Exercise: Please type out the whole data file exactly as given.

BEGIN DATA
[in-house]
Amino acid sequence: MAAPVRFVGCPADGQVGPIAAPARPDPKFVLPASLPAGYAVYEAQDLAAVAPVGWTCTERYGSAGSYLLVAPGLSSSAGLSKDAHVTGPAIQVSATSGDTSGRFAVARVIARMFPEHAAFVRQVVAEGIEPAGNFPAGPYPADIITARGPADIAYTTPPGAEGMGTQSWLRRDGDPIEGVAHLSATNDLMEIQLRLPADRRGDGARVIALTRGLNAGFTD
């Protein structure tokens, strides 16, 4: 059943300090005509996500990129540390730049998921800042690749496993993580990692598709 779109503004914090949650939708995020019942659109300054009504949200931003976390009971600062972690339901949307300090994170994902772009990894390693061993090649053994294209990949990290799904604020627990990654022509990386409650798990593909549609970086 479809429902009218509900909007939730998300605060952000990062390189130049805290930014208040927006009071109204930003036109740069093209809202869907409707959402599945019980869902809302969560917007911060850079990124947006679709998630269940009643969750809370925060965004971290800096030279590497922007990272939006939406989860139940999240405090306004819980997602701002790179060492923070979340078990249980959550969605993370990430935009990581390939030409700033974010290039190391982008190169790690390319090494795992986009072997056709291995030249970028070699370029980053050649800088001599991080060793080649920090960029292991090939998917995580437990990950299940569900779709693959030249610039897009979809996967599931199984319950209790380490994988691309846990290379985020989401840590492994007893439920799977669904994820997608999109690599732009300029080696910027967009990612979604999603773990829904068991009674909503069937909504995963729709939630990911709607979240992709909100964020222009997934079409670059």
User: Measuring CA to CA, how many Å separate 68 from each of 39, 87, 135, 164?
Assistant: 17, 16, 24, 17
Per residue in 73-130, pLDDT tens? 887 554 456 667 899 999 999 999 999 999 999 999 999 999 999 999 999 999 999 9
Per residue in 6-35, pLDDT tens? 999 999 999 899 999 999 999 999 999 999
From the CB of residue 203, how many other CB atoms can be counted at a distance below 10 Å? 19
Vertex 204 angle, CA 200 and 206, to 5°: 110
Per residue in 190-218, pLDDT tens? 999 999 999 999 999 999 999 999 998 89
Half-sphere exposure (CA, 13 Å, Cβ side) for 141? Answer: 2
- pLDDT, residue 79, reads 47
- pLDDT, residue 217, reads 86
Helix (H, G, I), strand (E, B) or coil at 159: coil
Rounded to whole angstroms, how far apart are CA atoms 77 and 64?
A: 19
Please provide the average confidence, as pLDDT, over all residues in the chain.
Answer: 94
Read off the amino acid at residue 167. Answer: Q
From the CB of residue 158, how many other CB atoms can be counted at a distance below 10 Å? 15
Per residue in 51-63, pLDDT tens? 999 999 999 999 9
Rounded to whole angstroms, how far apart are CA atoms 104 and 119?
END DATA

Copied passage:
[in-house]
Amino acid sequence: MAAPVRFVGCPADGQVGPIAAPARPDPKFVLPASLPAGYAVYEAQDLAAVAPVGWTCTERYGSAGSYLLVAPGLSSSAGLSKDAHVTGPAIQVSATSGDTSGRFAVARVIARMFPEHAAFVRQVVAEGIEPAGNFPAGPYPADIITARGPADIAYTTPPGAEGMGTQSWLRRDGDPIEGVAHLSATNDLMEIQLRLPADRRGDGARVIALTRGLNAGFTD
């Protein structure tokens, strides 16, 4: 059943300090005509996500990129540390730049998921800042690749496993993580990692598709 779109503004914090949650939708995020019942659109300054009504949200931003976390009971600062972690339901949307300090994170994902772009990894390693061993090649053994294209990949990290799904604020627990990654022509990386409650798990593909549609970086 479809429902009218509900909007939730998300605060952000990062390189130049805290930014208040927006009071109204930003036109740069093209809202869907409707959402599945019980869902809302969560917007911060850079990124947006679709998630269940009643969750809370925060965004971290800096030279590497922007990272939006939406989860139940999240405090306004819980997602701002790179060492923070979340078990249980959550969605993370990430935009990581390939030409700033974010290039190391982008190169790690390319090494795992986009072997056709291995030249970028070699370029980053050649800088001599991080060793080649920090960029292991090939998917995580437990990950299940569900779709693959030249610039897009979809996967599931199984319950209790380490994988691309846990290379985020989401840590492994007893439920799977669904994820997608999109690599732009300029080696910027967009990612979604999603773990829904068991009674909503069937909504995963729709939630990911709607979240992709909100964020222009997934079409670059």
User: Measuring CA to CA, how many Å separate 68 from each of 39, 87, 135, 164?
Assistant: 17, 16, 24, 17
Per residue in 73-130, pLDDT tens? 887 554 456 667 899 999 999 999 999 999 999 999 999 999 999 999 999 999 999 9
Per residue in 6-35, pLDDT tens? 999 999 999 899 999 999 999 999 999 999
From the CB of residue 203, how many other CB atoms can be counted at a distance below 10 Å? 19
Vertex 204 angle, CA 200 and 206, to 5°: 110
Per residue in 190-218, pLDDT tens? 999 999 999 999 999 999 999 999 998 89
Half-sphere exposure (CA, 13 Å, Cβ side) for 141? Answer: 2
- pLDDT, residue 79, reads 47
- pLDDT, residue 217, reads 86
Helix (H, G, I), strand (E, B) or coil at 159: coil
Rounded to whole angstroms, how far apart are CA atoms 77 and 64?
A: 19
Please provide the average confidence, as pLDDT, over all residues in the chain.
Answer: 94
Read off the amino acid at residue 167. Answer: Q
From the CB of residue 158, how many other CB atoms can be counted at a distance below 10 Å? 15
Per residue in 51-63, pLDDT tens? 999 999 999 999 9
Rounded to whole angstroms, how far apart are CA atoms 104 and 119?